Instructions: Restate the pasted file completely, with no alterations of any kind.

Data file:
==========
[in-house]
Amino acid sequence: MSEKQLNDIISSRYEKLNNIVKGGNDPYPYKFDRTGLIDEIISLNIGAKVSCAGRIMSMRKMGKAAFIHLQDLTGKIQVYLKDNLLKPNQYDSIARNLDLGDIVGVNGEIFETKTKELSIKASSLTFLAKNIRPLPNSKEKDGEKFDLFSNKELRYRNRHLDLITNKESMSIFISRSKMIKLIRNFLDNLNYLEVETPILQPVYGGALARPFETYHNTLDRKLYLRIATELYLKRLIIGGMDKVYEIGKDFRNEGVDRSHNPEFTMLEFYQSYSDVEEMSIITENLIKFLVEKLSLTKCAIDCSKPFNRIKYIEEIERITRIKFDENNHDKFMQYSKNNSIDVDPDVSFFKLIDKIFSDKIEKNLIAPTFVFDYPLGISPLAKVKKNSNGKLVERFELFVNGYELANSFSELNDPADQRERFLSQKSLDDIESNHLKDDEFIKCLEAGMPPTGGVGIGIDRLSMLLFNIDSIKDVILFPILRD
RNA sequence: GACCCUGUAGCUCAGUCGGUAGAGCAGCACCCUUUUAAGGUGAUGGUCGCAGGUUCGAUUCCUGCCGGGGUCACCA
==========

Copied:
[in-house]
Amino acid sequence: MSEKQLNDIISSRYEKLNNIVKGGNDPYPYKFDRTGLIDEIISLNIGAKVSCAGRIMSMRKMGKAAFIHLQDLTGKIQVYLKDNLLKPNQYDSIARNLDLGDIVGVNGEIFETKTKELSIKASSLTFLAKNIRPLPNSKEKDGEKFDLFSNKELRYRNRHLDLITNKESMSIFISRSKMIKLIRNFLDNLNYLEVETPILQPVYGGALARPFETYHNTLDRKLYLRIATELYLKRLIIGGMDKVYEIGKDFRNEGVDRSHNPEFTMLEFYQSYSDVEEMSIITENLIKFLVEKLSLTKCAIDCSKPFNRIKYIEEIERITRIKFDENNHDKFMQYSKNNSIDVDPDVSFFKLIDKIFSDKIEKNLIAPTFVFDYPLGISPLAKVKKNSNGKLVERFELFVNGYELANSFSELNDPADQRERFLSQKSLDDIESNHLKDDEFIKCLEAGMPPTGGVGIGIDRLSMLLFNIDSIKDVILFPILRD
RNA sequence: GACCCUGUAGCUCAGUCGGUAGAGCAGCACCCUUUUAAGGUGAUGGUCGCAGGUUCGAUUCCUGCCGGGGUCACCA